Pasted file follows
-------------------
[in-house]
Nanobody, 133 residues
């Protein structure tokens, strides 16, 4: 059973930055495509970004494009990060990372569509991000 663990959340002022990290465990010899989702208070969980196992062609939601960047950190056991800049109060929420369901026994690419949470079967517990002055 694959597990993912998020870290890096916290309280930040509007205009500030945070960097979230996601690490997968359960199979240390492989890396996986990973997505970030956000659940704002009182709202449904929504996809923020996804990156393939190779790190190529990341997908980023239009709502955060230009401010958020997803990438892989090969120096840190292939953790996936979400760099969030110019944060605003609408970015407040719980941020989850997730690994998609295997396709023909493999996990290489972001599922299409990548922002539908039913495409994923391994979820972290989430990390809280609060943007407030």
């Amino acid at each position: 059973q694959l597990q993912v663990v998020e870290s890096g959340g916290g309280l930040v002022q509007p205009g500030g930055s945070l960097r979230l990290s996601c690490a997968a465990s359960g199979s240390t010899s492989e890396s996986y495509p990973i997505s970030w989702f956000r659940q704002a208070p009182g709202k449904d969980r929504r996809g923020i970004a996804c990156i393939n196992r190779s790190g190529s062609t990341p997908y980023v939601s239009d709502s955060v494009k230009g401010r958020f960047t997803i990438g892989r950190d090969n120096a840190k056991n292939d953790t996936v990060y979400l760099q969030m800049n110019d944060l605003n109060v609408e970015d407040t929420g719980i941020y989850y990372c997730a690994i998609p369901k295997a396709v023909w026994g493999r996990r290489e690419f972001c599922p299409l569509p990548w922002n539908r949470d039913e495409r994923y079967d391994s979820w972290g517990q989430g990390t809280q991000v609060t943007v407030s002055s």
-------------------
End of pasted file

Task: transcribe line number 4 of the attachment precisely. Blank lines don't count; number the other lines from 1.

């Amino acid at each position: 059973q694959l597990q993912v663990v998020e870290s890096g959340g916290g309280l930040v002022q509007p205009g500030g930055s945070l960097r979230l990290s996601c690490a997968a465990s359960g199979s240390t010899s492989e890396s996986y495509p990973i997505s970030w989702f956000r659940q704002a208070p009182g709202k449904d969980r929504r996809g923020i970004a996804c990156i393939n196992r190779s790190g190529s062609t990341p997908y980023v939601s239009d709502s955060v494009k230009g401010r958020f960047t997803i990438g892989r950190d090969n120096a840190k056991n292939d953790t996936v990060y979400l760099q969030m800049n110019d944060l605003n109060v609408e970015d407040t929420g719980i941020y989850y990372c997730a690994i998609p369901k295997a396709v023909w026994g493999r996990r290489e690419f972001c599922p299409l569509p990548w922002n539908r949470d039913e495409r994923y079967d391994s979820w972290g517990q989430g990390t809280q991000v609060t943007v407030s002055s």